Miscellanea and Ephemeron
08/28/2004 Archived Entry: "Film review: Hero"
I saw "Hero" today, I recommend you go see it on the biggest screen you can find while it's still in theatrical release.
So, I wasn't going to write about "Hero", but then I accidentally read a review I disagreed with:
"Already criticised in some quarters for its theme of unification, implying that mainland China's policy of owning Taiwan and Tibet should be sanctioned, any political message is buried by the film's style-heavy sequences."
I didn't think it was about that. I thought it was about the individual sacrificing for the greater good. The theme of 'Our land' was about ending the endless wars, and the only way one very wise character (okay, three very wise characters) realized to do that was to have the King of Qin be king of all China because he (it seemed) was strong and wise, and therefore, the best bet, no matter what his armies had done. And, c'mon, it was 300 B.C. - endless war, stagnation, the Mongols killing everything in sight - something had to be done. I really didn't think the film propped up modern China's relationships with Taiwan and Tibet. I can't comment on Taiwan because I despise the history of the Kuomintang, Chiang Kai-Sheck and the Soong family and this causes me to have mixed emotions about the country they took over when they were finally chased out of China. On the other hand, Tibet was and is naked aggression and madness and had been hotly condemned by the world, something that could never happen 200 years ago let alone 2,000 years ago. Is "Hero" an allegory of modern times? Nah. Except that it says a lot about seeing, or trying to see the big picture and living for a life greater than the one you know now, and making the sacrifices necessary for a peaceful future. There's more to life than revenge, and a true hero and leader realizes that, however painful, possibly fatal, it might be.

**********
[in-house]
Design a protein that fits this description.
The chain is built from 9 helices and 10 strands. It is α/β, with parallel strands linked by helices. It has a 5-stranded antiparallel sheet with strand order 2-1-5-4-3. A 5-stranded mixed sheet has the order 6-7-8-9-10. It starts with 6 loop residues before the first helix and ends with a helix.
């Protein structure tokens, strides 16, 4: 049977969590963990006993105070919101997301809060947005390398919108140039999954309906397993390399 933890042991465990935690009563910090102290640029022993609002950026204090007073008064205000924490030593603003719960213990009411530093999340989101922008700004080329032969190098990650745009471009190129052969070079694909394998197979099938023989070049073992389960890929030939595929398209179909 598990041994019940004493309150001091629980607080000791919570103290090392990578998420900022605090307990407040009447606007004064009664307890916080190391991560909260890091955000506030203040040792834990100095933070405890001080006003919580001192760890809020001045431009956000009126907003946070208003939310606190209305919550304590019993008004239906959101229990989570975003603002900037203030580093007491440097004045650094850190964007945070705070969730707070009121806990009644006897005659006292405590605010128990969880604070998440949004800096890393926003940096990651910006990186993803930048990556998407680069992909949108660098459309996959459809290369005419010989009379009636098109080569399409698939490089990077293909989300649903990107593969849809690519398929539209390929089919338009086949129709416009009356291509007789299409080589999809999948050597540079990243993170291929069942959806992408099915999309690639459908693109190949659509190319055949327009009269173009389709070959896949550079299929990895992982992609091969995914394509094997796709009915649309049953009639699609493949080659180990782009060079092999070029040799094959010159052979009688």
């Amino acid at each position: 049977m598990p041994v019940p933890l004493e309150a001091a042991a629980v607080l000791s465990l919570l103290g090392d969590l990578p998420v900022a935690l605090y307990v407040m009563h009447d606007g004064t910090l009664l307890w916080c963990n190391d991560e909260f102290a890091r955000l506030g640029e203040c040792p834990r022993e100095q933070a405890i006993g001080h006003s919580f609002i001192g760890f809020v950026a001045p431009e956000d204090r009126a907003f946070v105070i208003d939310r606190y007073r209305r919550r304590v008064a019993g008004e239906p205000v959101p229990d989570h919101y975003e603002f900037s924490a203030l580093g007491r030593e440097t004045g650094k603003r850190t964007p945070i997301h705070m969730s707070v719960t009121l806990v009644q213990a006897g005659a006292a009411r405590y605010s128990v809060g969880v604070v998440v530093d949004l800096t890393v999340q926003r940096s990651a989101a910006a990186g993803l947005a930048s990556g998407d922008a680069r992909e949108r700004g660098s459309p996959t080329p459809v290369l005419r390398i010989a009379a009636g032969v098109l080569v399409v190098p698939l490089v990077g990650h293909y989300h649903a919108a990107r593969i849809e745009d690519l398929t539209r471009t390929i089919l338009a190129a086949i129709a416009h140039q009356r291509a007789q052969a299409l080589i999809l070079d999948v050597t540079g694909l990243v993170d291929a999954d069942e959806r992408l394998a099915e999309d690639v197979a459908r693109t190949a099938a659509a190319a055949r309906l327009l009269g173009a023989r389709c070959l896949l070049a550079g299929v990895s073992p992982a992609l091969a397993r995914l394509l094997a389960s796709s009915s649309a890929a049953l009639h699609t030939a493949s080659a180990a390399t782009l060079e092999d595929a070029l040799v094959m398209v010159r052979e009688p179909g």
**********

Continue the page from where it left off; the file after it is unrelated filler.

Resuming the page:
"Rather difficult to judge for its own merits in the wake of Ang Lee's Oscar-nominated film, "Hero" inevitably feels like a Crouching Tiger, Hidden Dragon wannabe, despite its astounding cast, splendid design and stunning fight work."
Y'know, it reminded me more of Kurosawa's masterpiece "Ran", than that rather stupid "ain't we artsy?" movie Crouching whatever. Part of my problem with Crouching whatever was that the story wasn't big enough for the production and, also, I admit, I loathed "The Ice Storm."
Last week I saw "Zatoichi" and loved it. However, I do find it a little odd that here we have two sword-centric films and the up-close-and-personal folk tale is an arterial spray-fest, and the epic was very very restrained on the hemoglobin. Interesting (well, to me).
GO SEE THEM BOTH WHILE THEY'RE STILL IN THEATERS!
Oh, and, why do people bring their pre-literate spawn to an intense foreign film like this? Why? Anyone know? It really can't just be to annoy moi, can it?
Edit: Nice overview of what's going on in Asian films today:
The neophyte's guide to East Asian film
Hm, wonder if I can find a reason to be in St. Louis this November.
The Wapshott Press
Ontology on the go!
"Ontology on the Go!"
J LHLS mugs
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